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The Montana Supreme Court did not immediately rule after hearing competing arguments from a Hutterite colony and the state on whether Montana's requirement that employers carry workers' compensation insurance can be expanded to religious organizations.
The Hutterites in rural Montana are fighting state attempts to impose the legislation backed by businesses, which complain they can't outbid the low cost of the communal workers.
A state judge has already ruled the 2009 law expanding the workers' compensation law to force the Hutterites to pay for the insurance violated their right to freely exercise their religion.
The state is asking the high court to reverse that decision, arguing the new law deals only with commercial activities and stays out of the Hutterites religious affairs.
The Hutterites are Protestants similar to the Amish and Mennonites who live a life centered on their religion, but unlike the others, Hutterites live in German-speaking communes scattered across northern U.S. states and Canada.
They don't pay wages, don't vote and don't enlist in the military. They make their own clothes, produce their own food and construct their own buildings.
"Their core belief is that they have no property. All the property and labor they have, they contribute to the colony," Ron Nelson, an attorney for the Big Sky Colony, told the Montana Supreme Court.
The Hutterites' argument that everything they do is tied to their religion cannot exempt them from regulation when they voluntarily enter into an outside commercial activity, assistant Attorney General Stuart Segrest said.
"They're not allowed to become a law unto themselves," Segrest said.
The state's high court did not issue a ruling following Wednesday's arguments.
The Hutterites are primarily agricultural producers, and the men in their black jackets and the women in their colorful dresses are a common sight at farmers' markets across Montana. But in recent years they have expanded into construction with success because they can offer lower job bids than many private businesses.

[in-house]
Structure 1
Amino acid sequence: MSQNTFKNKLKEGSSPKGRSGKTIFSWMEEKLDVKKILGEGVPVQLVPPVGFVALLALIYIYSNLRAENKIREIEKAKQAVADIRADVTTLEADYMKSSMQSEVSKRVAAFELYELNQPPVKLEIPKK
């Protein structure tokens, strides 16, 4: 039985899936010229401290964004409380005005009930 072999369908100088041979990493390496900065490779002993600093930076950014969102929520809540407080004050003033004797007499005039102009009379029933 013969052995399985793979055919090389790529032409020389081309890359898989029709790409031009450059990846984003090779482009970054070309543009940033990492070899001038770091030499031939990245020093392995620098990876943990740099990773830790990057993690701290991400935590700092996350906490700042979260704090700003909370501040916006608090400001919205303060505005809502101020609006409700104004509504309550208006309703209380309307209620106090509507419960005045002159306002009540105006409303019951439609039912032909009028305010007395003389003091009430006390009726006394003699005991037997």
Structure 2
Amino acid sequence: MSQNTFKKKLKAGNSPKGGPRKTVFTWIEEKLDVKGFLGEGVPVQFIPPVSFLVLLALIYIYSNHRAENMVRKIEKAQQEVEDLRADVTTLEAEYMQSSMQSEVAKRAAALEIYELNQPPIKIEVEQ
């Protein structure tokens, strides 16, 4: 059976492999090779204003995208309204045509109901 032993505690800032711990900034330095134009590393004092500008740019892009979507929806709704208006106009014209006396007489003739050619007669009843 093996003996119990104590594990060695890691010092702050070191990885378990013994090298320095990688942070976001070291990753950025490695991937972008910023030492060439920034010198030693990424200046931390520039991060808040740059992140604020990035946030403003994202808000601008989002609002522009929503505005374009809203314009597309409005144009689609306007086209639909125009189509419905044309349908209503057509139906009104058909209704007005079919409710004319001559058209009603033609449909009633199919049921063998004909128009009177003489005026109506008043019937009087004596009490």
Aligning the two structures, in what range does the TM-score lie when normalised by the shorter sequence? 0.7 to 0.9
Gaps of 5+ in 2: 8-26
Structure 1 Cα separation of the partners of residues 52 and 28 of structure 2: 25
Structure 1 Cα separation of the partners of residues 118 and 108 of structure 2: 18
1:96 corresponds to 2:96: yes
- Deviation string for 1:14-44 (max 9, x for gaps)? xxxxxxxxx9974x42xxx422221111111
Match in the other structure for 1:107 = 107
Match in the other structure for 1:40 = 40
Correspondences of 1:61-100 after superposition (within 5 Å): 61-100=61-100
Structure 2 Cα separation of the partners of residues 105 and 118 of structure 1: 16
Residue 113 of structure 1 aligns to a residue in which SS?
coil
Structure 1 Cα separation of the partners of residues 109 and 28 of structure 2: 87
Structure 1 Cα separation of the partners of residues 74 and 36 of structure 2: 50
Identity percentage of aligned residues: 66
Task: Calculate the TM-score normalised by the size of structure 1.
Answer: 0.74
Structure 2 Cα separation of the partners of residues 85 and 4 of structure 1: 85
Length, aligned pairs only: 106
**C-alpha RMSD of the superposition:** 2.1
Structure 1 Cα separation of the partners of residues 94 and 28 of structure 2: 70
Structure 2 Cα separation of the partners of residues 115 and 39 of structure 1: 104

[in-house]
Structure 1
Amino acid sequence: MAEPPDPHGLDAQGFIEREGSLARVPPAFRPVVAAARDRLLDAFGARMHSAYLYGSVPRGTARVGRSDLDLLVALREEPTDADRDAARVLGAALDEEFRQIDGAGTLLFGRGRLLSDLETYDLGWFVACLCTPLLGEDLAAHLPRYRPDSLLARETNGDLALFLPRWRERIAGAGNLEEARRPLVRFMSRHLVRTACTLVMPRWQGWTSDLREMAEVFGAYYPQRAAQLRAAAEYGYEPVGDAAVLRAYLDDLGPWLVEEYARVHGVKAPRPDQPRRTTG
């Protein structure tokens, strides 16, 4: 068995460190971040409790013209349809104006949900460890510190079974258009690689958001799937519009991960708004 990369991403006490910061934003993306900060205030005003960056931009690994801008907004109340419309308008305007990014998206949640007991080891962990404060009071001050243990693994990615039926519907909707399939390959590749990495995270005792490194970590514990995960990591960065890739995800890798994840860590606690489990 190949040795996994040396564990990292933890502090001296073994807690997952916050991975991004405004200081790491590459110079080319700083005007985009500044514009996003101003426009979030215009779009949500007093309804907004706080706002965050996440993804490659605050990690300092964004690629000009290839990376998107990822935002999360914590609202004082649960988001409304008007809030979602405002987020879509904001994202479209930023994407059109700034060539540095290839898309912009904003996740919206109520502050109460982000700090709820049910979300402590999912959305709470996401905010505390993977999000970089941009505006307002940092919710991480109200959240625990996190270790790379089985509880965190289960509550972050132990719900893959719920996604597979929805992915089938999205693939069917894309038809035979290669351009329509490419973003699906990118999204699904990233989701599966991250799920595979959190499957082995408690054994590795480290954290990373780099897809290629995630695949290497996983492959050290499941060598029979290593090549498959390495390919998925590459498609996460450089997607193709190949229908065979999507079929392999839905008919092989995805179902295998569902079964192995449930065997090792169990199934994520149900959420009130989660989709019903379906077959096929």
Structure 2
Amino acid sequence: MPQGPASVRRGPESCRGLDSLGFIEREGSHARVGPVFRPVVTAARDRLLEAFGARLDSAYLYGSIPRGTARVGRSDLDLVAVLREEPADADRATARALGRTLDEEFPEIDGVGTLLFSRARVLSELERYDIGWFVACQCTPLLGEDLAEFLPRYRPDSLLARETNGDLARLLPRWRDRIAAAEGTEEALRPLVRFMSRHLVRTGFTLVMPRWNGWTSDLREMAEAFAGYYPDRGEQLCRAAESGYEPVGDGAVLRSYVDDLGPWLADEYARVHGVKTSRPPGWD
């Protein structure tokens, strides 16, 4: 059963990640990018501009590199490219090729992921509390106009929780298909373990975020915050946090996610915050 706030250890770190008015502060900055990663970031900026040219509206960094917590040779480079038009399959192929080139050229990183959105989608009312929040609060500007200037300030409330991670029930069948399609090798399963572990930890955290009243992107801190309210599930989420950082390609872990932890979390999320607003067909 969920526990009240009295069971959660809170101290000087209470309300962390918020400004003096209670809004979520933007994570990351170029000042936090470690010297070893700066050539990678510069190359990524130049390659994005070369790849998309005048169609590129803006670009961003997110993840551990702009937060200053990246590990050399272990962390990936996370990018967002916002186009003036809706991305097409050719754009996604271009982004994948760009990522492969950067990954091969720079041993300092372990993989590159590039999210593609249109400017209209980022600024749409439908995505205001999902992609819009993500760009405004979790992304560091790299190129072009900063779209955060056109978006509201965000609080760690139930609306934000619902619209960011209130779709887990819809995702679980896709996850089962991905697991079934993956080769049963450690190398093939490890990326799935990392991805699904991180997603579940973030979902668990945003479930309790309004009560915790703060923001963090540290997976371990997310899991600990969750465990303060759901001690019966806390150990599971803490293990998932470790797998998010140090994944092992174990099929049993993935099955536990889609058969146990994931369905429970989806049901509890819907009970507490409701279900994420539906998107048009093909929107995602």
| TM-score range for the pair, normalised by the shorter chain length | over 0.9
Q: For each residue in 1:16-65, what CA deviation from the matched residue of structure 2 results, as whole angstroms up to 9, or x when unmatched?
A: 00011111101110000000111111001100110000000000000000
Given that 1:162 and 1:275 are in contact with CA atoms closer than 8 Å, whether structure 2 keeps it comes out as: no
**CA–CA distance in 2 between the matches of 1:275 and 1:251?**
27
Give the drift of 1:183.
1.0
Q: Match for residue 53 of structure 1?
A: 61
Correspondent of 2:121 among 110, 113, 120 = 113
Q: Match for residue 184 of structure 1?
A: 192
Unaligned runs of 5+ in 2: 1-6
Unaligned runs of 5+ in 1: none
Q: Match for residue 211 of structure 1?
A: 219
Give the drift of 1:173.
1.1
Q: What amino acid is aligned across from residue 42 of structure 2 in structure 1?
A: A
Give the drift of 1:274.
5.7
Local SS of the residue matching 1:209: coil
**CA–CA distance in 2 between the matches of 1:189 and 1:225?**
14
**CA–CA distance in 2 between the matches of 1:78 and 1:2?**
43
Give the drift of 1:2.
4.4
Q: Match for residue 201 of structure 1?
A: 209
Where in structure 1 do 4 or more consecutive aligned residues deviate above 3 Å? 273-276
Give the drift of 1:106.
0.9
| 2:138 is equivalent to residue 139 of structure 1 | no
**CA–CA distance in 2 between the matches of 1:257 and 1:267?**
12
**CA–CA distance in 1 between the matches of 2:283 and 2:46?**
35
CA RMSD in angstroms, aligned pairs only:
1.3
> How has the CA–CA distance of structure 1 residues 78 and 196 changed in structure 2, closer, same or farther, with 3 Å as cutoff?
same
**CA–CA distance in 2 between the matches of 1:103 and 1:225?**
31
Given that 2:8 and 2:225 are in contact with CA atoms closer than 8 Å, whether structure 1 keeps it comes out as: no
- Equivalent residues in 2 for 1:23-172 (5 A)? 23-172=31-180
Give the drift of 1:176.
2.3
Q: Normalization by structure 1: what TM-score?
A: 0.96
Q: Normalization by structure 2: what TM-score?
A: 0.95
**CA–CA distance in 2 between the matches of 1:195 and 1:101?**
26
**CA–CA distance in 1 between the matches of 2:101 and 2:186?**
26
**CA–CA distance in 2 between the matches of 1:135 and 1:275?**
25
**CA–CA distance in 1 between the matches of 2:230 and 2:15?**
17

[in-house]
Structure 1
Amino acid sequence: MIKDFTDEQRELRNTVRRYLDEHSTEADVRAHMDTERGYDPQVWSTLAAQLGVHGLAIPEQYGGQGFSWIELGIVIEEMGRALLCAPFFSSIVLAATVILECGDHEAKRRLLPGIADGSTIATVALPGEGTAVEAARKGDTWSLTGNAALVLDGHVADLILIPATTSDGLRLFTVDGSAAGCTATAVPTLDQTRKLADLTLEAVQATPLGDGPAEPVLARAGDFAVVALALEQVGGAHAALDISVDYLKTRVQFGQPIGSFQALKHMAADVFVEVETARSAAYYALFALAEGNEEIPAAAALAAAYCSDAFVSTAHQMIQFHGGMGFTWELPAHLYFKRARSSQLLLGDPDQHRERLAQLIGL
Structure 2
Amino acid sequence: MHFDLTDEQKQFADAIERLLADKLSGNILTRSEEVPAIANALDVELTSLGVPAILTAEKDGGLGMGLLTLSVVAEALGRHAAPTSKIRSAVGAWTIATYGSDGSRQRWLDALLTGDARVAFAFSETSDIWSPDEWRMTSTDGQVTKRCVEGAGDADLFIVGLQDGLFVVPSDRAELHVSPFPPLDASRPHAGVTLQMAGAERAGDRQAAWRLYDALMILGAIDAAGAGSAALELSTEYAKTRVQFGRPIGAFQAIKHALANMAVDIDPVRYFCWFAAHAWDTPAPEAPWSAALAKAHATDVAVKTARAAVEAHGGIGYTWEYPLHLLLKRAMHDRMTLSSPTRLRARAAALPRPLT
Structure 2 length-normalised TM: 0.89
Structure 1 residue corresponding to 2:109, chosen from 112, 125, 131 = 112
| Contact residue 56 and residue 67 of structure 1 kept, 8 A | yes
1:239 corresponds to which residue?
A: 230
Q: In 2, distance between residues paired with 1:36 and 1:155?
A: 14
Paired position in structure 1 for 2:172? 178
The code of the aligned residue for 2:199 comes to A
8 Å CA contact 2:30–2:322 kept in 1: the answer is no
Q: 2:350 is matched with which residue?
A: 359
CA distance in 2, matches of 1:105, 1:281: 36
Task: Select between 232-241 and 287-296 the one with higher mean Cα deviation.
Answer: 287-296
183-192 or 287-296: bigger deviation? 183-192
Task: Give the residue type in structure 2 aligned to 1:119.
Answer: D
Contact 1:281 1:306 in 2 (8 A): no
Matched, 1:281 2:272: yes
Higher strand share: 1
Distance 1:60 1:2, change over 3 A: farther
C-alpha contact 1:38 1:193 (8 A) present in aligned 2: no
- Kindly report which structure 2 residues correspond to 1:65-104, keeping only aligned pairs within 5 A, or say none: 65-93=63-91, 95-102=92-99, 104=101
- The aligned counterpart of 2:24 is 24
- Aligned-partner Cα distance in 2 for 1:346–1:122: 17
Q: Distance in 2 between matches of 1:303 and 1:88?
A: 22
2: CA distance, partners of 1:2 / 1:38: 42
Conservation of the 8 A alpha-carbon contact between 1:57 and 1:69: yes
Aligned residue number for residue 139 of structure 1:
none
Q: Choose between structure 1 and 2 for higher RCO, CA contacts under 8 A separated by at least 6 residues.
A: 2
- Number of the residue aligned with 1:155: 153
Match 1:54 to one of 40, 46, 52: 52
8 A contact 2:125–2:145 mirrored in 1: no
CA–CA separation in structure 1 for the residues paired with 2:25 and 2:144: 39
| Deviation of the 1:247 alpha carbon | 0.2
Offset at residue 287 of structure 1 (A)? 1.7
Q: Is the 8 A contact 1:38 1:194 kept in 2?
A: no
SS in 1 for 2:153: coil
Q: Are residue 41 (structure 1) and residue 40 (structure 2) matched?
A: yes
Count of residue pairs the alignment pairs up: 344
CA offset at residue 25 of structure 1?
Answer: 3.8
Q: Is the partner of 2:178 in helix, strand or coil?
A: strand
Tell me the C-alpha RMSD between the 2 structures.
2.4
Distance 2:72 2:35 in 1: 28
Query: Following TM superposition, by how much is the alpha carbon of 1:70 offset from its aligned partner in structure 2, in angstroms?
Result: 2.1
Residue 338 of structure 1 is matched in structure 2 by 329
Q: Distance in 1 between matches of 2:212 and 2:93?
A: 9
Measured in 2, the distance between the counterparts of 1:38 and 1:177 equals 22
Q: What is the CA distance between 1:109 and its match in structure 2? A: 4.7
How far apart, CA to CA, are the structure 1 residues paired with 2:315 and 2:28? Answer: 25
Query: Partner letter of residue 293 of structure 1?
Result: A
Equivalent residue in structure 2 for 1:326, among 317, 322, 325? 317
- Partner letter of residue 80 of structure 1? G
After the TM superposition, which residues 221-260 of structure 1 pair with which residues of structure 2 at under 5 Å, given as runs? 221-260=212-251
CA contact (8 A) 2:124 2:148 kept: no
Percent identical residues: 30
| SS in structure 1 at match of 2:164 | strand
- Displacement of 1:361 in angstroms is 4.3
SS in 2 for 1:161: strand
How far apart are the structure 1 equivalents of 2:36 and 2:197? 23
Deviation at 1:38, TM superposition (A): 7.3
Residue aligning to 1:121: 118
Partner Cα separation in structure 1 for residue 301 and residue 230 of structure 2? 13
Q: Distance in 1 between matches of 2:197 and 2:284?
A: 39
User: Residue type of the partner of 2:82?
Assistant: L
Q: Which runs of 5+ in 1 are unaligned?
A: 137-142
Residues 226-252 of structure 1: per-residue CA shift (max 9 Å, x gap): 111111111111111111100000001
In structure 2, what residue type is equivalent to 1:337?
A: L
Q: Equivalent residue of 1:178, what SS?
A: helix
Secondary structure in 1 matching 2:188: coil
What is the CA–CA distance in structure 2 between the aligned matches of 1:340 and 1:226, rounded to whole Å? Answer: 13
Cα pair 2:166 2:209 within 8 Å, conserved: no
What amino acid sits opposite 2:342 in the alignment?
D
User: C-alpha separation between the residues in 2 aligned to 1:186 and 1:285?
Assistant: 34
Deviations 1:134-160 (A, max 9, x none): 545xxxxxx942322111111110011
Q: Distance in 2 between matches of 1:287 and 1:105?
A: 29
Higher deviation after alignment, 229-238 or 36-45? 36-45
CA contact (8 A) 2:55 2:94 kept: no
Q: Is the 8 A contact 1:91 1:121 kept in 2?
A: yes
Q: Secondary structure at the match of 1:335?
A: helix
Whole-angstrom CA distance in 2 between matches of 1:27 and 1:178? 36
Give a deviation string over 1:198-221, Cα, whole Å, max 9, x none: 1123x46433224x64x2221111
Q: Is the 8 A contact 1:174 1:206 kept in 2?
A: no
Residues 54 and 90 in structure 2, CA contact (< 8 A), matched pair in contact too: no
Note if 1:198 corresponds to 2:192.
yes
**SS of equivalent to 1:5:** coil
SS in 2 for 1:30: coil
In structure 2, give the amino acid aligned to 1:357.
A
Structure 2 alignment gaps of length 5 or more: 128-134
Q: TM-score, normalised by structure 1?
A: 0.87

Those businesses backed the 2009 expansion of Montana's workers' compensation law. The bill's sponsor, state Rep. Chuck Hunter, acknowledged then that the change targeted the Hutterites in particular and the need to create "a fair playing field" for other businesses that must pay for insurance.
"It's just frustrating for a private business that has to pay various taxes and workers' comp insurance to find themselves undercut competitively by an entity that is not subject to those same requirements," said Cary Hegreberg, executive director of the Montana Contractors' Association.
Big Sky Colony, a commune near Cut Bank in northwestern Montana, filed a lawsuit, saying the insurance requirement infringes on their religious freedom and that the colonies already provide comprehensive coverage for its members through the Hutterite Medical Trust.
The real competitive edge is that the colonies don't pay wages to their workers, not the lack of workers' compensation insurance premiums, the colony argued.
Nelson called the law "window dressing" to ease political pressure placed on lawmakers by construction lobbyists. The law puts a bulls-eye on Hutterite colonies and tries to drive a wedge between them and their members.
Hutterites don't need protection against lost wages because they don't get wages, the colony argues. Colonies don't need liability protection because they don't make claims -- there has never been a workers' compensation claim asserted by a Hutterite.
But the Hutterites are an easy target for discrimination because they look, dress, talk and live differently than anyone else in Montana, the colony's attorneys argued.
"The colonies have suffered persecution and migrated and immigrated and moved for the past 500 years. They're very protective of their religious beliefs, and they just can't let that go. They have to assert their religious rights," Nelson said.
The Hutterites have had a long history of discrimination. They moved to the Montana and Dakota territories in the 1870s after being forced to move from previous homes in Germany, eastern Europe and Russia due to persecution. They then moved into Canada after World War I when members were arrested for not enlisting in the military, returning to the U.S. after laws were passed to protect conscientious objectors.
The biggest concentration of Hutterites is in Canada, where hundreds of colonies are scattered from Manitoba to British Columbia. In the U.S., there are colonies in Montana, South Dakota, North Dakota, Minnesota, Washington and Oregon. There are about 50 colonies in Montana, with an average of about 100 people on each colony, according to a state report from 2010.
Like the Amish and Mennonites, they are Anabaptists who believe a person should be baptized only as an adult, when that person can make the decision independently. But unlike the Amish and Mennonites, they live in communes and have no personal property based in part on a Bible passage that reads, "All the believers were together and had everything in common."